Although the general model (m1) does not reveal a significant cross-sectional effect of the average number of people affected by natural disasters in a country on its average overall FDI inflow, the sector-specific models (m2–m5) reveal a more differentiated picture. Here, we find a positive effect of the number of people affected by natural disasters on FDI inflows in the manufacturing (m2), construction (m3), and tourism sector (m4). The findings suggest that with every additional 1000 people affected by natural disasters the average FDI inflow into manufacturing increases significantly by 0.181 million USD, while the average FDI inflow into tourism increases significantly by 0.038 million USD, and the average FDI inflow into construction increases significantly by 0.029 million USD. In contrast, there is no significant effect revealed with regard to FDI inflows into creative industries (P >|z| = 0.274). These results confirm our second hypothesis, showing that the effect of natural disasters on FDI attraction varies among different economic sectors. This shows that taking a sector-specific perspective allows uncovering the more nuanced effects of natural disasters on FDI inflows. These findings reflect that investment decisions across various economic sectors are characterized by different features such as sunk costs, volatility of demand, territoriality, resiliency of supply chains (e.g., speed and reliability) and, thus, follow different rationales in dealing with natural disaster risks (Hallegatte 2014; Wilbanks et al. 2007).

The analysis demonstrates the strongest positive effect of countries’ exposure to natural disasters on the FDI inflow into the manufacturing sector. It seems that foreign investors assess positively the general large market opportunities of the host country and might not be distracted from the threat of destroyed capital due to natural disasters.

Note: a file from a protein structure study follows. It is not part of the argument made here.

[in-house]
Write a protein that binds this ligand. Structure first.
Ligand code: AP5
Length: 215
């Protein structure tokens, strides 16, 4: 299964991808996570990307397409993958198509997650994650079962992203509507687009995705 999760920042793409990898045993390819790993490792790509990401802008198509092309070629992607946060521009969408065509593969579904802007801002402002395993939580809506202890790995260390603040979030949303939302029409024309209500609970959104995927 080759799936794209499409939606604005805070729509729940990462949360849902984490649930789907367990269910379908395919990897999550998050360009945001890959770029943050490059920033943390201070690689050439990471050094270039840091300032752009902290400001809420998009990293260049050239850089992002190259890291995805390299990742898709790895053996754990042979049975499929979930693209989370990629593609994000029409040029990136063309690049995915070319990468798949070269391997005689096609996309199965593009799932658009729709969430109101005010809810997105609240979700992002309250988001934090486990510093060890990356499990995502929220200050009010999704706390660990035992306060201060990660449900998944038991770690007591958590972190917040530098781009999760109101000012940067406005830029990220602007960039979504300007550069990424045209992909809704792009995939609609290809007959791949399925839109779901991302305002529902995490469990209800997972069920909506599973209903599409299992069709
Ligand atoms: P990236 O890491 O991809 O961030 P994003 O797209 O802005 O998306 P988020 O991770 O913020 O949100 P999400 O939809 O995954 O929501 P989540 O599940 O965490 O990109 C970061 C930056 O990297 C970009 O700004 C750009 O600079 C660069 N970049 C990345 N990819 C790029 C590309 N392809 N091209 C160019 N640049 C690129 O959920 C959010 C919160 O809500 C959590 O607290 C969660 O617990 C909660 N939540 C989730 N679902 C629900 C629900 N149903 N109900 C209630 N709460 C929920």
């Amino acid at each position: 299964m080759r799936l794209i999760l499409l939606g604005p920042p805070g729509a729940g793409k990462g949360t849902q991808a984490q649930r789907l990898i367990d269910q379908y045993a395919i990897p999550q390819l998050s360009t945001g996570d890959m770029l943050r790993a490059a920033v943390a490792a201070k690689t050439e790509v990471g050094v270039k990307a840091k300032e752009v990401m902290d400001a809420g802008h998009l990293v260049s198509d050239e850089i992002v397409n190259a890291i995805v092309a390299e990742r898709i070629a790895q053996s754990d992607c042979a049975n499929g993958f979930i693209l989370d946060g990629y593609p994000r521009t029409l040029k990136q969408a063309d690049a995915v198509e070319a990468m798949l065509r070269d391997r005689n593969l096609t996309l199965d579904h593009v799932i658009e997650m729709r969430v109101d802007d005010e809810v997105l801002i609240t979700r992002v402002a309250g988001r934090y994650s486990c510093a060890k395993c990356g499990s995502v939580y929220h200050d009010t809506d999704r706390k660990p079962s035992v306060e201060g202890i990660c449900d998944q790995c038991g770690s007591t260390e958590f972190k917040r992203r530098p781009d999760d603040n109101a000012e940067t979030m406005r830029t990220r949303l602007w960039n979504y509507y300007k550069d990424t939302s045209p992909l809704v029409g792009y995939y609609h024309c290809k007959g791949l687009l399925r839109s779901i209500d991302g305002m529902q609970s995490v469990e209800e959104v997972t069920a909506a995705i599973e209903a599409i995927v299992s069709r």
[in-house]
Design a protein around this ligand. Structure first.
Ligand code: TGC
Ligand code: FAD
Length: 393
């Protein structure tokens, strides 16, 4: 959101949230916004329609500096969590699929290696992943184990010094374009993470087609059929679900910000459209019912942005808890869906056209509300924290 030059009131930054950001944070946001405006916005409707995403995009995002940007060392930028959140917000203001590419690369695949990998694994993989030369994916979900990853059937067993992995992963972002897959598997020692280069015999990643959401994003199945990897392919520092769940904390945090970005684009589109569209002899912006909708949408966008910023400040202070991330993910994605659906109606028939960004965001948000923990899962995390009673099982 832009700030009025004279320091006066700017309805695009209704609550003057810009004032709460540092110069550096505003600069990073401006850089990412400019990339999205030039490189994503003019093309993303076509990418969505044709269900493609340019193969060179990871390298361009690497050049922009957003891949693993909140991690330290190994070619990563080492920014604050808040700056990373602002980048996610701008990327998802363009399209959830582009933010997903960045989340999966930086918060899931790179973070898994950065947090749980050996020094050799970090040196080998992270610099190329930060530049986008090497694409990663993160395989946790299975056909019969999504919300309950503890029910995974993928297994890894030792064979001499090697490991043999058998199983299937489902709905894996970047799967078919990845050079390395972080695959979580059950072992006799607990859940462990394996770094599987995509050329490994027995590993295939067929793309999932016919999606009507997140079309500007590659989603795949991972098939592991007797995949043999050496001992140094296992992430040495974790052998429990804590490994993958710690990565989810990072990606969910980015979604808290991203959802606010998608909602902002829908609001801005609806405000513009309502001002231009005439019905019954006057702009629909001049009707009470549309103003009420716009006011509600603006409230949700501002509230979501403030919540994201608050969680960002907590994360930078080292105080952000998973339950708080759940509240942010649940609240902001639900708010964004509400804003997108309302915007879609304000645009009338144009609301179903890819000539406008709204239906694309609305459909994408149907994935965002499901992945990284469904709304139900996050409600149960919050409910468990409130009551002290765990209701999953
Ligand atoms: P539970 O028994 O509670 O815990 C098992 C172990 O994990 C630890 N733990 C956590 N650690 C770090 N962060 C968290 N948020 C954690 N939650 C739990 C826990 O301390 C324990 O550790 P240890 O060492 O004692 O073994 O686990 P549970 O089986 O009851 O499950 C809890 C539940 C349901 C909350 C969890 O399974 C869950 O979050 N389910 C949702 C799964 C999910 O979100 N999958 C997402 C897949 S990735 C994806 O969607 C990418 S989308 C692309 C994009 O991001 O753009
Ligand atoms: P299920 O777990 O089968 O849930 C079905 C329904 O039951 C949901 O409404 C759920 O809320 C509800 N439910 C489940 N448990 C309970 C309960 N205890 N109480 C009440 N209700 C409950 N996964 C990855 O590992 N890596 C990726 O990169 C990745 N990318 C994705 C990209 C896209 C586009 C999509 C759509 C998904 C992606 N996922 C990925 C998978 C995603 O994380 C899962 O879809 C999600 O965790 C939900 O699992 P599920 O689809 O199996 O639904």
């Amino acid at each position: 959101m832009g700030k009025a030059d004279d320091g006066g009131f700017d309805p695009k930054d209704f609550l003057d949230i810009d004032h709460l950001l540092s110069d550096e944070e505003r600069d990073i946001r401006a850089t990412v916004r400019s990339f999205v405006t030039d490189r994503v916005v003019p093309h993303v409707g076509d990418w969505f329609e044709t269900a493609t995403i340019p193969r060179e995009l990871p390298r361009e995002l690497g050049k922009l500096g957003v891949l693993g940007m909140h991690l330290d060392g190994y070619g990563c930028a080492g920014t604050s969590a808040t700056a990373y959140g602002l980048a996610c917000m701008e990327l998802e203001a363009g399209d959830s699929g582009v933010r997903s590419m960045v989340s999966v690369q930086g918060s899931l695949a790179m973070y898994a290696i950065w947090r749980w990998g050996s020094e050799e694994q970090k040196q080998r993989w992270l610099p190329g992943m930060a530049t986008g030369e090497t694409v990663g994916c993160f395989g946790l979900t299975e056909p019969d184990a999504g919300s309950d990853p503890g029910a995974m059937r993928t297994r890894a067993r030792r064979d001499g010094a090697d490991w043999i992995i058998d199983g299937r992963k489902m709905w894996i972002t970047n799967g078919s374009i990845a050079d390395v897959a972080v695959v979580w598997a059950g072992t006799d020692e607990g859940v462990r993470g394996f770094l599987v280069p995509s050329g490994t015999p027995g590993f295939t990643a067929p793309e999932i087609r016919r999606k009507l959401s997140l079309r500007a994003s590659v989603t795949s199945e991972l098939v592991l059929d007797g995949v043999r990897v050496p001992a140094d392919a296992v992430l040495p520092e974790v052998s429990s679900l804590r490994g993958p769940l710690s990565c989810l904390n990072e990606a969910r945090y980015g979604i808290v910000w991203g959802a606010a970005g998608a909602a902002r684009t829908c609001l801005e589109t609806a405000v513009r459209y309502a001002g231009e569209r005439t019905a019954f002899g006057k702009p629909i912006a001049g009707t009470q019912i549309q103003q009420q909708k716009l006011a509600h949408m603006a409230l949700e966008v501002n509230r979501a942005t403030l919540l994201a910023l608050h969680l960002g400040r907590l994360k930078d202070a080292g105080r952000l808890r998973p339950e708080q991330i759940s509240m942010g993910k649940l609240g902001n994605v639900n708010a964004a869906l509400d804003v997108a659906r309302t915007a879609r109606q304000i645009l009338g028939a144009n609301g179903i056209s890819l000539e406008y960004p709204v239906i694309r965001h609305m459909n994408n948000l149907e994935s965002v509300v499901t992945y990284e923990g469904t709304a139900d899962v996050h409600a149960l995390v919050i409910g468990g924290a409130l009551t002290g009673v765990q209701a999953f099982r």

The positive effect of the severity of natural disasters on FDI related to construction can be explained through the rapid demand surge as part of the rebuilding process after a natural disaster occurred (Hallegatte 2014; Rose 2009). Rather than seeing natural disasters as a business disadvantage, they can be seen as a business opportunity in the construction sector, leading to higher FDI in disaster-prone countries.

The positive effect on FDI in the tourism sector can be supported by case study evidence. While the Boxing Day Tsunami of 2004 had a direct negative effect on tourist arrivals in destinations like the Maldives or the Thai region of Phang Nga, subsequent investments in rebuilding touristic facilities led to a rapid recovery in terms of accommodation capacities (Carlsen and Hughes 2008; Willroth et al. 2012). This indicates that investors in the tourism sector are not discouraged from investing in disaster-prone countries despite the risk of short-term declines of tourist arrivals after a natural disaster took place. This investment behavior suggests that investors consider the long-term location advantages (e.g., loyal customers, unique landscape) even of hazard-prone locations such as the Dominican Republic.

In contrast to these significant effects, the insignificant impact of countries’ exposure to natural disasters on the FDI inflow in the creative industries sector reflects the footloose character of this sector. The finding indicates that natural disaster risks are not perceived as a significant determinant of location choice for FDI in this sector.


The longitudinal effect of natural disasters on the attraction of FDI significantly differs from the cross-sectional effect.